I am sending a copy of this letter to Joe Morris but, except for him, no one outside of this office will be advised in any way about this correspondence.

Sincerely yours,

Cass Canfield

Mrs. Eleanor Roosevelt
211 East 62nd Street
New York, New York
Cass Canfield:rj

cc: Mr. Morris
P.S. The "Face the Nation" transcript comes to me from one of my associates who worked with Kennedy on his books. My associate is something of a Kennedy admirer but in no sense authorized to represent the Senator.
     [1.] ER scrawled "I will dictate footnote" across the top right corner of this letter.
     [2.] JFK appeared on "Face the Nation" March 30, 1958, and was asked by a panelist to comment on ER's critical appraisal of him published in the March 8th Saturday Evening Post in which ER questioned his tepid rebuke of McCarthy. This article was merely the latest in a series of ER's public and private criticisms of JFK.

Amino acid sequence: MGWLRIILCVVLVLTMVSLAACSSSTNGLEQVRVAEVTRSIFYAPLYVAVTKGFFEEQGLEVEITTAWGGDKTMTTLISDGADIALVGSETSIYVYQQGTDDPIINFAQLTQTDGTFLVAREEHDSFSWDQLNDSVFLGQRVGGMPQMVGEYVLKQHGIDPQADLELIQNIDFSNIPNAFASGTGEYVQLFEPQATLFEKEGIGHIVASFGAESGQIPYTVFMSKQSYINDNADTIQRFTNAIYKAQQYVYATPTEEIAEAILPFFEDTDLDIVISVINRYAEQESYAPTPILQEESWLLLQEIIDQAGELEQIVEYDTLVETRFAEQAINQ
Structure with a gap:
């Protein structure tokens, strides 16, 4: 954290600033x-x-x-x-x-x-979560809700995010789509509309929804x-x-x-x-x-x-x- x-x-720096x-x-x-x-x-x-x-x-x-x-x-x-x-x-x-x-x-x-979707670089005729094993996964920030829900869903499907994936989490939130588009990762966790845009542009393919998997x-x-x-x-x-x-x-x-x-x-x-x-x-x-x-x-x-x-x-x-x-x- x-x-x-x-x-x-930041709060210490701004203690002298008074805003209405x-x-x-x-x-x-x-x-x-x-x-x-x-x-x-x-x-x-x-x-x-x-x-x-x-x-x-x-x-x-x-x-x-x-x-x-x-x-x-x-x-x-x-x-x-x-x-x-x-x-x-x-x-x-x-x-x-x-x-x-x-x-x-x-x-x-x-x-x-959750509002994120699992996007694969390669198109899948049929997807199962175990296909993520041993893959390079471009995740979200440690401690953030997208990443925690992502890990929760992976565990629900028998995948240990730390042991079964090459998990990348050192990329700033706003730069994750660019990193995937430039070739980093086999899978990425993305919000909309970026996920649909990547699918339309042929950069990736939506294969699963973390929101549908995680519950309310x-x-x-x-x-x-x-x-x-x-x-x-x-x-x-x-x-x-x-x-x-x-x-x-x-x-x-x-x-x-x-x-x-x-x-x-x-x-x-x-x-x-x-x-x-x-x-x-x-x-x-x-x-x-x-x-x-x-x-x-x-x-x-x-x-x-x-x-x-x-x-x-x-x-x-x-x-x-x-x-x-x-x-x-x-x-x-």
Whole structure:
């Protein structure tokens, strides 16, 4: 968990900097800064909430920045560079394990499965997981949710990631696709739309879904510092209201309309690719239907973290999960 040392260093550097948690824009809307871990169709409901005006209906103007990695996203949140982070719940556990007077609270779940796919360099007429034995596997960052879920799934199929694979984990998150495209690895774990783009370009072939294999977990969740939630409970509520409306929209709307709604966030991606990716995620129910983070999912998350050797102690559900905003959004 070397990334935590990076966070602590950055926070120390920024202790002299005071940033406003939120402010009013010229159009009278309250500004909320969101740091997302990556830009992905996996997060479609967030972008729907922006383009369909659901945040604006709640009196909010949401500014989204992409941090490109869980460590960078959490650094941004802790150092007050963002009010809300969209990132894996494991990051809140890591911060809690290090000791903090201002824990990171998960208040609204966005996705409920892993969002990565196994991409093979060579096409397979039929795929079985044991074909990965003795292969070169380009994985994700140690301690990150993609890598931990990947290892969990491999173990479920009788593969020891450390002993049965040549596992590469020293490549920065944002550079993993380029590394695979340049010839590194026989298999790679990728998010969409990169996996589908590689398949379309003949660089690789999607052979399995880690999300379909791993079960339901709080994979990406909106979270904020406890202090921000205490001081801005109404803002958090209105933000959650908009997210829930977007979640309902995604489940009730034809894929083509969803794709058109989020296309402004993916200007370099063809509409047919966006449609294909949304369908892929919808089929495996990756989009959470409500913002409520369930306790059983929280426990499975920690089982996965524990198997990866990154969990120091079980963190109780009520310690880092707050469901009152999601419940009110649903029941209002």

[3.] ER had recently completed the third volume of her memoirs, On My Own. Harper & Brothers, her publisher, had sold serialization rights to the Saturday Evening Post, which published the final installment under the title "Of Stevenson, Truman and Me." Underneath the title, the magazine ran the following summary in order to attract readers: "Mrs. Roosevelt tells about her disagreement with the former President, and about the unheeded advice she gave Adlai Stevenson. As for the current front runner, young Senator Kennedy, she takes a dim view of him." [Eleanor Roosevelt, On My Own: The Years Since the White House (New York: Harper & Brothers, 1958), pp. 163-164; "Of Stevenson, Truman and Me," Saturday Evening Post, no. 230 (March 8, 1958), pp. 32-33, 73-75.]